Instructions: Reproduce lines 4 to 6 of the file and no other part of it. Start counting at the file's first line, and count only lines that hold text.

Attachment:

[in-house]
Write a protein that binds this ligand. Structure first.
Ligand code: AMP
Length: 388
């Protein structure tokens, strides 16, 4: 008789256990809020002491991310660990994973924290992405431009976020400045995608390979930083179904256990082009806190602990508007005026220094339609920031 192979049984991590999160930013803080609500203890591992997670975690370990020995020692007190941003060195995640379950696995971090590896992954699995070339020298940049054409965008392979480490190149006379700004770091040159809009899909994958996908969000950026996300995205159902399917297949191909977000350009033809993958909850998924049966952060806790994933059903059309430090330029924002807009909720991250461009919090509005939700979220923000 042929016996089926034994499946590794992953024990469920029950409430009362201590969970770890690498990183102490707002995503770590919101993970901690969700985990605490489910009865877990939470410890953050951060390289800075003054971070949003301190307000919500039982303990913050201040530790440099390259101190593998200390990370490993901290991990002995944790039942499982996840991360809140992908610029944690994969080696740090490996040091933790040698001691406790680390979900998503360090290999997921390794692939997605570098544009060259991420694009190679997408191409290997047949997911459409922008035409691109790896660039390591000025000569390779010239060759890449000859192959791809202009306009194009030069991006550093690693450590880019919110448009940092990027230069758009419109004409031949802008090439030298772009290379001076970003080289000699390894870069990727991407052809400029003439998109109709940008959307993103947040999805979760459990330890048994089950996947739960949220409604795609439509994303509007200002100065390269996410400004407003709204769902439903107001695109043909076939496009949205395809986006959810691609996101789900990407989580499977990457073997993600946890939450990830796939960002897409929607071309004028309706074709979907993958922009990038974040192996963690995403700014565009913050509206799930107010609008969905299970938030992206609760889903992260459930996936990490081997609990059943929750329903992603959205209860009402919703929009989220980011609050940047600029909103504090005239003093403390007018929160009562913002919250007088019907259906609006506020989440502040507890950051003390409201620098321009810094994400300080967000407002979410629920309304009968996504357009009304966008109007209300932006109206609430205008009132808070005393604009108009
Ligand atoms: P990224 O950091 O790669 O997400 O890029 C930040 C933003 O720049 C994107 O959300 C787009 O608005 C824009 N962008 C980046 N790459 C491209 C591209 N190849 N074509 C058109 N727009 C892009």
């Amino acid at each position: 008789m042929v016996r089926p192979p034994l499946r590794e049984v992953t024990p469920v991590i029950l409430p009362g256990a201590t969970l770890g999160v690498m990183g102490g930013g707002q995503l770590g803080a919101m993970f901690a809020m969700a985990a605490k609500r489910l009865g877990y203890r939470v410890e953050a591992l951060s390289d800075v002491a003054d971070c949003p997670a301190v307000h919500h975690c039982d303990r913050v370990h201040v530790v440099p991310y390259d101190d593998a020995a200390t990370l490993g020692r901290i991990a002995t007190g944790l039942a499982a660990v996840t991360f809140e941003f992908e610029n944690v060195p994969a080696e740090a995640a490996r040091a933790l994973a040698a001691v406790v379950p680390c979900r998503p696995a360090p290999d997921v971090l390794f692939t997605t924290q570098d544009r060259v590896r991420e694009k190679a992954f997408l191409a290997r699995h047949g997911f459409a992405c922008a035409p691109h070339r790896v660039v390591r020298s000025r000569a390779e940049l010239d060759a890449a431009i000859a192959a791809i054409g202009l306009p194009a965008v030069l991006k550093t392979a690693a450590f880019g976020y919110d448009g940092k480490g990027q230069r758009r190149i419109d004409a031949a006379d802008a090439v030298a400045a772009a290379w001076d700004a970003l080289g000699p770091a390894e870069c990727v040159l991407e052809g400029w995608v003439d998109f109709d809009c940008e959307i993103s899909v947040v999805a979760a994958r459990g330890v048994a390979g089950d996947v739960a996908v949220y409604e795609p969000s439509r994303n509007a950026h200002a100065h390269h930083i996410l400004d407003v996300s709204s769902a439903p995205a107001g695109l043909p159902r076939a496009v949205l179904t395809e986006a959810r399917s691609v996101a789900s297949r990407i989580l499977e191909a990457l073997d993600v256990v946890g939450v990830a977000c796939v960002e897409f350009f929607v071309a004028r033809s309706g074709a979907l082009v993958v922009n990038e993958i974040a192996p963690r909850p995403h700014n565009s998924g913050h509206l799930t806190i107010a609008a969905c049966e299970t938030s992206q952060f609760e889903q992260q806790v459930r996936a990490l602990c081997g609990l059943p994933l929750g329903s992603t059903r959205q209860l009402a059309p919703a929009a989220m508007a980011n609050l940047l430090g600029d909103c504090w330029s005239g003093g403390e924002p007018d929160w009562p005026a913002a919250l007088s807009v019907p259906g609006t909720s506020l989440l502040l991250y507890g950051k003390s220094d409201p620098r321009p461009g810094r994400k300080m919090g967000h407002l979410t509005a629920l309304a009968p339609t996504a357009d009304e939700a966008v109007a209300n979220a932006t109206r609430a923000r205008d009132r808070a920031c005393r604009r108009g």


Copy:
Length: 388
């Protein structure tokens, strides 16, 4: 008789256990809020002491991310660990994973924290992405431009976020400045995608390979930083179904256990082009806190602990508007005026220094339609920031 192979049984991590999160930013803080609500203890591992997670975690370990020995020692007190941003060195995640379950696995971090590896992954699995070339020298940049054409965008392979480490190149006379700004770091040159809009899909994958996908969000950026996300995205159902399917297949191909977000350009033809993958909850998924049966952060806790994933059903059309430090330029924002807009909720991250461009919090509005939700979220923000 042929016996089926034994499946590794992953024990469920029950409430009362201590969970770890690498990183102490707002995503770590919101993970901690969700985990605490489910009865877990939470410890953050951060390289800075003054971070949003301190307000919500039982303990913050201040530790440099390259101190593998200390990370490993901290991990002995944790039942499982996840991360809140992908610029944690994969080696740090490996040091933790040698001691406790680390979900998503360090290999997921390794692939997605570098544009060259991420694009190679997408191409290997047949997911459409922008035409691109790896660039390591000025000569390779010239060759890449000859192959791809202009306009194009030069991006550093690693450590880019919110448009940092990027230069758009419109004409031949802008090439030298772009290379001076970003080289000699390894870069990727991407052809400029003439998109109709940008959307993103947040999805979760459990330890048994089950996947739960949220409604795609439509994303509007200002100065390269996410400004407003709204769902439903107001695109043909076939496009949205395809986006959810691609996101789900990407989580499977990457073997993600946890939450990830796939960002897409929607071309004028309706074709979907993958922009990038974040192996963690995403700014565009913050509206799930107010609008969905299970938030992206609760889903992260459930996936990490081997609990059943929750329903992603959205209860009402919703929009989220980011609050940047600029909103504090005239003093403390007018929160009562913002919250007088019907259906609006506020989440502040507890950051003390409201620098321009810094994400300080967000407002979410629920309304009968996504357009009304966008109007209300932006109206609430205008009132808070005393604009108009
Ligand atoms: P990224 O950091 O790669 O997400 O890029 C930040 C933003 O720049 C994107 O959300 C787009 O608005 C824009 N962008 C980046 N790459 C491209 C591209 N190849 N074509 C058109 N727009 C892009």